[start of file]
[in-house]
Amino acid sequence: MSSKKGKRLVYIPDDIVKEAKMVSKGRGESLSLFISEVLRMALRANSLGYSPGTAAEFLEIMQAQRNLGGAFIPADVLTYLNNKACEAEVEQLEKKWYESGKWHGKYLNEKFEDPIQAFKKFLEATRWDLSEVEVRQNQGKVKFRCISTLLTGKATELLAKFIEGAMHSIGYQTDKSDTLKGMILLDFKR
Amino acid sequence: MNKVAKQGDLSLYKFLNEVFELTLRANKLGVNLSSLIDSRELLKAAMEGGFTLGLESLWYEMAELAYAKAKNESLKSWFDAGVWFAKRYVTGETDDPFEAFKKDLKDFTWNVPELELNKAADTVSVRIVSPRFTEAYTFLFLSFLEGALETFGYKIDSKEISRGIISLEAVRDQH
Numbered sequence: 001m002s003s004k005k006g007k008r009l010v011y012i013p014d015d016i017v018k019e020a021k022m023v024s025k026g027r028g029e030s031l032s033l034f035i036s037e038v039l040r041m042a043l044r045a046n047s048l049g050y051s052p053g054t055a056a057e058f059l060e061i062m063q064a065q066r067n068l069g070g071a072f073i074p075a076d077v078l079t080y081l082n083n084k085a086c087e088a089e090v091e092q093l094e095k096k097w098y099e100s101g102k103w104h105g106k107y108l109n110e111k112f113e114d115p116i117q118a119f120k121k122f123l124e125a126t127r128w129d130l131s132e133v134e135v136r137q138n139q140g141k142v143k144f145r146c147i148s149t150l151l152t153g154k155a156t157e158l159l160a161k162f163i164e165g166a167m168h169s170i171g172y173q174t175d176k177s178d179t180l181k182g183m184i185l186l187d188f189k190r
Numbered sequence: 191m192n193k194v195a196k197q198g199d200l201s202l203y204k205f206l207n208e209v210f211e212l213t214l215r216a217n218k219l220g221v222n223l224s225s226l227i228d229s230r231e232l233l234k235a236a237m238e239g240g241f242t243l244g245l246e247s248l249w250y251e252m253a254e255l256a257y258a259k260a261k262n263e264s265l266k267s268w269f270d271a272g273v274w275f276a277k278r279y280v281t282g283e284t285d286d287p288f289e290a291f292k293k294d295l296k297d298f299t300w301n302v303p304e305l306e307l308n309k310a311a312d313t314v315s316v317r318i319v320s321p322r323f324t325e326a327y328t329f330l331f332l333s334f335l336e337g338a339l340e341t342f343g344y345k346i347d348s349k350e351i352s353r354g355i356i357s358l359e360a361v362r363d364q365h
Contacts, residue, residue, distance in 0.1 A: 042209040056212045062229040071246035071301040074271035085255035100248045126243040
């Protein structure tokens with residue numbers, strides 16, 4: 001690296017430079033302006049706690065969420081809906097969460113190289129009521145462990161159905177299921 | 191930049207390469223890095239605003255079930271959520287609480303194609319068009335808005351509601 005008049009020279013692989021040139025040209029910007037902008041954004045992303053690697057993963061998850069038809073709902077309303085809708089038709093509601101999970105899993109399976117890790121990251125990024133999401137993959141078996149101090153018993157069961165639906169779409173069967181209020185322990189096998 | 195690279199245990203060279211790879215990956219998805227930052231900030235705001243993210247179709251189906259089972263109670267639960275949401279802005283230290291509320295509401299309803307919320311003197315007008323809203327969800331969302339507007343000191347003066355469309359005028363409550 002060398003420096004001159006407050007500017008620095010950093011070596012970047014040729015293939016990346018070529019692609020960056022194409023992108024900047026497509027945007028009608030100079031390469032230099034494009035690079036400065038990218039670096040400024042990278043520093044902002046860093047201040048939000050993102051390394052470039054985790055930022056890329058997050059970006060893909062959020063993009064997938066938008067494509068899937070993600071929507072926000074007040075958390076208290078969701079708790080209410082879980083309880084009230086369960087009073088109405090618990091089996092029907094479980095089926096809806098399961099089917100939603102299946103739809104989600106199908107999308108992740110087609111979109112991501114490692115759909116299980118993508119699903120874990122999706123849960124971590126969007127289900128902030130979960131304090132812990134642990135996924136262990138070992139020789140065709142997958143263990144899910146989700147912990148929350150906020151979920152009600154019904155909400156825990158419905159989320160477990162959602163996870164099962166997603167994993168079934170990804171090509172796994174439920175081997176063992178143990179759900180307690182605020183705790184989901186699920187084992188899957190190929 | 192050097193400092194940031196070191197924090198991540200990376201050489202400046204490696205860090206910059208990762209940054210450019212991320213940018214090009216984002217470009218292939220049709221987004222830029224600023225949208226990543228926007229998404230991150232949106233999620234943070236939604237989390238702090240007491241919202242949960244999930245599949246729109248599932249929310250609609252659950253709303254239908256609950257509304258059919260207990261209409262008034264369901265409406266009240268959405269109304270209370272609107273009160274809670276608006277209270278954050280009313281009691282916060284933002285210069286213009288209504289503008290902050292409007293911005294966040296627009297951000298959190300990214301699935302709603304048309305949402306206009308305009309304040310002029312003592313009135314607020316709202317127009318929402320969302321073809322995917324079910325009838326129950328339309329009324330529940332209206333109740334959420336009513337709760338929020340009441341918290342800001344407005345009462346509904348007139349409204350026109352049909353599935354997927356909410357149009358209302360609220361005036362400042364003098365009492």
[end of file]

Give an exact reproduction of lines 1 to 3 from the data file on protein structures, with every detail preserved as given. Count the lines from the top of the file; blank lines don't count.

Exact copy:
[in-house]
Amino acid sequence: MSSKKGKRLVYIPDDIVKEAKMVSKGRGESLSLFISEVLRMALRANSLGYSPGTAAEFLEIMQAQRNLGGAFIPADVLTYLNNKACEAEVEQLEKKWYESGKWHGKYLNEKFEDPIQAFKKFLEATRWDLSEVEVRQNQGKVKFRCISTLLTGKATELLAKFIEGAMHSIGYQTDKSDTLKGMILLDFKR
Amino acid sequence: MNKVAKQGDLSLYKFLNEVFELTLRANKLGVNLSSLIDSRELLKAAMEGGFTLGLESLWYEMAELAYAKAKNESLKSWFDAGVWFAKRYVTGETDDPFEAFKKDLKDFTWNVPELELNKAADTVSVRIVSPRFTEAYTFLFLSFLEGALETFGYKIDSKEISRGIISLEAVRDQH